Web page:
Ever heard of an Employer Health Reimbursement Arrangement (QSE HRA)? This new form of HRA is designed to specifically allow small groups, those that do not have 50 FTE, to pay for individual health insurance premiums for their employees. The new rules surrounding the Employer Health Reimbursement are complicated and they are set to go into effect January 1, 2017.
Who can have a QSE/HRA?
Only an employer who does not meet the definition of an applicable large employer under the ACA, and who does not offer coverage to its employees.
What benefits are allowed?
The QSE HRA can pay or reimburse for any documented healthcare expense, as defined in Section 213(d) of the Internal Revenue Code for its eligible employees who are covered on individual health insurance.
The employer must pay 100% of the cost of the benefit to be provided and cannot allow its employees to do pre-tax withholdings or use employee contributions on pre-tax or post-tax basis to pay for the QSE HRA's benefits.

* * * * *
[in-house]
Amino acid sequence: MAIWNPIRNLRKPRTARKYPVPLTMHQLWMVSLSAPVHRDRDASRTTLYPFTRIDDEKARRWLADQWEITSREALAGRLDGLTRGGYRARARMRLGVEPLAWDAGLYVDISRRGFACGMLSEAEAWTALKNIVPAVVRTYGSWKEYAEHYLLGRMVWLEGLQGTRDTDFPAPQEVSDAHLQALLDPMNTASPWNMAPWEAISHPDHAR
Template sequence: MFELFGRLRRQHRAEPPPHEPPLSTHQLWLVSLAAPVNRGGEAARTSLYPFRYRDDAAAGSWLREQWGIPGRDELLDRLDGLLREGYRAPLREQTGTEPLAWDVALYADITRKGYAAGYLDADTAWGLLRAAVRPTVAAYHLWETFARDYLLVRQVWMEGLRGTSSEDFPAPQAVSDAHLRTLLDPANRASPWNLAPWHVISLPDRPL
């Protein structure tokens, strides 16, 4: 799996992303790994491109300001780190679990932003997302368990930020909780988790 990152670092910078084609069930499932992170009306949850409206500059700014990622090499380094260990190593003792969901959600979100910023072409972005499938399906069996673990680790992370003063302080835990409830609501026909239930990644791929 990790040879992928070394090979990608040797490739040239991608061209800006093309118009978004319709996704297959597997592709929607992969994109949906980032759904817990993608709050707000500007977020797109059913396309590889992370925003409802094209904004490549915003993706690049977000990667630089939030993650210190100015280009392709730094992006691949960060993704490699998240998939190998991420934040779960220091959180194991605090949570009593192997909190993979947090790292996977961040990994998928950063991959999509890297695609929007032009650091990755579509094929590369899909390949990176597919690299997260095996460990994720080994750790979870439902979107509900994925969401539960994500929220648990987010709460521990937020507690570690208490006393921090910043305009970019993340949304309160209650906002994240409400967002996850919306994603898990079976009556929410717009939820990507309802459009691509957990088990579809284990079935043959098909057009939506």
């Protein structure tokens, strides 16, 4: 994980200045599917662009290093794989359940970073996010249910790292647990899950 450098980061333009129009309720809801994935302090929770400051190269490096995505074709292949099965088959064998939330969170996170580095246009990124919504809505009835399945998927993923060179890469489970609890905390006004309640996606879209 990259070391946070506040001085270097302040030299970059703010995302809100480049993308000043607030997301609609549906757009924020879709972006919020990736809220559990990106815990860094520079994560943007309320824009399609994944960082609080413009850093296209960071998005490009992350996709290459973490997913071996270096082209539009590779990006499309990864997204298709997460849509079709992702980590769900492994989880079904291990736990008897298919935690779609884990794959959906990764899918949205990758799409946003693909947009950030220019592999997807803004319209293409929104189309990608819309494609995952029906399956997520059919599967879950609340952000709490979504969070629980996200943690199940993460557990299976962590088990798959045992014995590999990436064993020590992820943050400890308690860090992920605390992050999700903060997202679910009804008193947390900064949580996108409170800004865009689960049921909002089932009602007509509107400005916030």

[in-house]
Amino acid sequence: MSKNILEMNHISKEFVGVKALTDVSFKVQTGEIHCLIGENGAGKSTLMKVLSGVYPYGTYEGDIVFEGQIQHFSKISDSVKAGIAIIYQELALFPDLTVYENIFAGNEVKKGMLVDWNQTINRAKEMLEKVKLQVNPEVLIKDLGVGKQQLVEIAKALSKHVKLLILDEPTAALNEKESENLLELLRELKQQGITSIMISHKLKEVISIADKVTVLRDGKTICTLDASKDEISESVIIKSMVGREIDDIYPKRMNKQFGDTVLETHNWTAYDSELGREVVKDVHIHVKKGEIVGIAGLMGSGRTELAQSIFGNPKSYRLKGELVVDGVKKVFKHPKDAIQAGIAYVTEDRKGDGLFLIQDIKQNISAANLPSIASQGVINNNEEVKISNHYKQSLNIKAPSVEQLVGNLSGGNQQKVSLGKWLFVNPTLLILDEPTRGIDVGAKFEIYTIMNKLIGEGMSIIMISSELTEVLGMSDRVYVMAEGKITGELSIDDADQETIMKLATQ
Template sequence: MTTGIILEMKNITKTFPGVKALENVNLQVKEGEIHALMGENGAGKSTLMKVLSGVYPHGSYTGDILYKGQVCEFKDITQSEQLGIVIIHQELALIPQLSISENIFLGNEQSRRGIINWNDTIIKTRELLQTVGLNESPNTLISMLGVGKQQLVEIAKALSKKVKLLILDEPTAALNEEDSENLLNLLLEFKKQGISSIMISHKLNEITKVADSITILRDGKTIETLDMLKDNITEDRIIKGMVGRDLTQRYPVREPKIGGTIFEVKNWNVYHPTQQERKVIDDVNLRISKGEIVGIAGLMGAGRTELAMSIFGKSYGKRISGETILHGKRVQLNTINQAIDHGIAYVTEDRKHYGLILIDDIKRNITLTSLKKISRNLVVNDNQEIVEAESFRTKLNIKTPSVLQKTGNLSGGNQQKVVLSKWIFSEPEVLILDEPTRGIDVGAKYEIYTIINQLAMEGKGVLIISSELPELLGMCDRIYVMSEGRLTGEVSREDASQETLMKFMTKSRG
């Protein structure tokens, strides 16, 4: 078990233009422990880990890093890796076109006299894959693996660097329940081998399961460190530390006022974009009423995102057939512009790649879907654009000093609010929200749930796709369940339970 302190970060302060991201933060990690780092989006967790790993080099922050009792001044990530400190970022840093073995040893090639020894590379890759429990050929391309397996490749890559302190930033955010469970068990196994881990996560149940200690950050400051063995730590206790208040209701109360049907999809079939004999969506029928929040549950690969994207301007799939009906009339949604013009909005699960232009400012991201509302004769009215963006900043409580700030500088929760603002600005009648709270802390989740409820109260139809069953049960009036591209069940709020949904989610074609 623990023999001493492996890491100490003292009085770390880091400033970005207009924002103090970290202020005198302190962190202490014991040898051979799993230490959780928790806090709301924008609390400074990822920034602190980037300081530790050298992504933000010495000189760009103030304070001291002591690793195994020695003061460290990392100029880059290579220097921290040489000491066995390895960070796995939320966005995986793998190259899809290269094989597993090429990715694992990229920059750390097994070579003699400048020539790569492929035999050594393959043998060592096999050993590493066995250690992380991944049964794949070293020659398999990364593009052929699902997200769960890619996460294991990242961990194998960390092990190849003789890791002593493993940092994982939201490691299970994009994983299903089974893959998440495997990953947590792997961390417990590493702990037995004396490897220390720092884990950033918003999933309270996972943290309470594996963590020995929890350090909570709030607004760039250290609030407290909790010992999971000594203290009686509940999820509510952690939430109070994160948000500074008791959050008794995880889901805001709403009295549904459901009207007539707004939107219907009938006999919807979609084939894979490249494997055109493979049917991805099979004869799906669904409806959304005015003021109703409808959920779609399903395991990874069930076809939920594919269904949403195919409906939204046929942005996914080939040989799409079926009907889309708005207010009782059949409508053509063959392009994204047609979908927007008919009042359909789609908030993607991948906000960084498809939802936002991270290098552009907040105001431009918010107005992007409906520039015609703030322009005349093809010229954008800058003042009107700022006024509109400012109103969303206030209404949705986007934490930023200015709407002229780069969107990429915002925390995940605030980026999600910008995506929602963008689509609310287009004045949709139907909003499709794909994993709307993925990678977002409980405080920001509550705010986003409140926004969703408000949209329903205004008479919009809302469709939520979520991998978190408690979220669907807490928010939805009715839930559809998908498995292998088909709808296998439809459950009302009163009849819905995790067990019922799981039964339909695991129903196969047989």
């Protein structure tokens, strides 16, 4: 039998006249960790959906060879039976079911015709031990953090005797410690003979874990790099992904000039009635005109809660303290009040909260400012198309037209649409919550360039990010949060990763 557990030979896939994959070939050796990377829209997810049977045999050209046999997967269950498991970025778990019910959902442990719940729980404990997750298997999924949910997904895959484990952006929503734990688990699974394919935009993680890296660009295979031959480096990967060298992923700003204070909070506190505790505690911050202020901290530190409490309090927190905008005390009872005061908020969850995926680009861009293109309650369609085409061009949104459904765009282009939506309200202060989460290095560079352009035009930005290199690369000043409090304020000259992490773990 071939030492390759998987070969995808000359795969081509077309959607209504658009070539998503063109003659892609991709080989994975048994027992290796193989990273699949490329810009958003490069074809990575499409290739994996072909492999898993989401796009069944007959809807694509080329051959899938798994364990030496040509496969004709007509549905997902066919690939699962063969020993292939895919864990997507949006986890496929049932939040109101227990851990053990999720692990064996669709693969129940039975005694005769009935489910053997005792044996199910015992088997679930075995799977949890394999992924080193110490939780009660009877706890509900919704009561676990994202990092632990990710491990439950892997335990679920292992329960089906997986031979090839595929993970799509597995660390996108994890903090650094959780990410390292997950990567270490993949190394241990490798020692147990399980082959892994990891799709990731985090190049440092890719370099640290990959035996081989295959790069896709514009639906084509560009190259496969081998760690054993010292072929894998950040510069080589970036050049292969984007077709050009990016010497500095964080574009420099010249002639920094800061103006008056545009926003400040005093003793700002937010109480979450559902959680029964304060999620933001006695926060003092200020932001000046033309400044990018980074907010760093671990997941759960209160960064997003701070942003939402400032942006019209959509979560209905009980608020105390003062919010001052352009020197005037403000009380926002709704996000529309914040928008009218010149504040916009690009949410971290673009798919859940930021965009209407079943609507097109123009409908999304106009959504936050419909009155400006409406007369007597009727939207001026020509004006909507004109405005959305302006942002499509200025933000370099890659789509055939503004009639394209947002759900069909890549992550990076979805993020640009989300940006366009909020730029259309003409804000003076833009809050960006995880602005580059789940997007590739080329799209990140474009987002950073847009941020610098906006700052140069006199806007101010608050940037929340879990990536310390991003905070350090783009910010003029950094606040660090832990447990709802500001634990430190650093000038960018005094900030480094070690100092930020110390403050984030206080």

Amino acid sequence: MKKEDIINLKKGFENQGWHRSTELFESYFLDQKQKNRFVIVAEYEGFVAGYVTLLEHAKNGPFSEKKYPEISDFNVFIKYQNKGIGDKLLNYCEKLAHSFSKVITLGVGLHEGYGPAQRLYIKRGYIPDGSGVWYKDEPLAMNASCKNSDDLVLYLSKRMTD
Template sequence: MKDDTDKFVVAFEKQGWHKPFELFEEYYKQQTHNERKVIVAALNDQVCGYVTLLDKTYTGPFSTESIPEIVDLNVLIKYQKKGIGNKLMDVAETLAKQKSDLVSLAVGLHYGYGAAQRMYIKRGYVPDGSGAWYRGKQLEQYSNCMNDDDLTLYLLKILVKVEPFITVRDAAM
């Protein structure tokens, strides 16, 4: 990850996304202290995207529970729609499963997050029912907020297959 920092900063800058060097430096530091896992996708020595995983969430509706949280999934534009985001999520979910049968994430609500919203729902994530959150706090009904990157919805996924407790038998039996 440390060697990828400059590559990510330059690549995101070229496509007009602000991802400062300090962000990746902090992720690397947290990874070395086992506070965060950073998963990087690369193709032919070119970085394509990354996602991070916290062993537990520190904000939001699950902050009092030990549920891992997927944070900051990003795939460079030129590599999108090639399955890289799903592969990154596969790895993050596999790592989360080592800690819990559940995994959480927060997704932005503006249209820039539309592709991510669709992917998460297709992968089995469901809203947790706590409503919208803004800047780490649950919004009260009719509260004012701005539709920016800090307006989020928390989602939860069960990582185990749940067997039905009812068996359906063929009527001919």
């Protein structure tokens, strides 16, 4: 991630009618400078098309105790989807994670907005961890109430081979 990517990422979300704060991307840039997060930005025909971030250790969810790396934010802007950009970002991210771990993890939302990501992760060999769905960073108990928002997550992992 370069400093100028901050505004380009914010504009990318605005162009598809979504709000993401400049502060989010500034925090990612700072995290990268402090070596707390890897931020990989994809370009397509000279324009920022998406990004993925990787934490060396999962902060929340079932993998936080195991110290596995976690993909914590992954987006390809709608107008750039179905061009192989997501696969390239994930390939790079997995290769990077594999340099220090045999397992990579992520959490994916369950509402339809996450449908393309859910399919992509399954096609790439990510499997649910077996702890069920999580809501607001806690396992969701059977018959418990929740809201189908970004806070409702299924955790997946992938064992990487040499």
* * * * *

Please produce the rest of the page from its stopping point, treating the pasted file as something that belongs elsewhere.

Are there limits?
Yes, the employer can contribute no more than $4,950 for an employee or $10,000 if family member expenses are also to be paid or reimbursed. These limits are expected to increase every year for inflation.
Does the QSE HRA disqualify an individual or household from receiving premium subsidies?
No, but it is much more complicated than that. To understand the potential impact of any QSE HRA on premium subsidies, there will need to be an analysis of:
- What is the net cost of coverage for the employee?
- Is the employer's benefit affordable by comparing the net cost vs. 9.69% of the household income?
- If affordable, employee's household is not eligible for premium subsidies
- If unaffordable, then the subsidy amount would be reduced by the QSE HRA benefit, and the employee would still be responsible for paying their share of the cost of health insurance coverage.
The very good news about the QSE HRA: the plans are not subject to federal continuation (COBRA) or other ERISA rules such as plan and SPD requirements.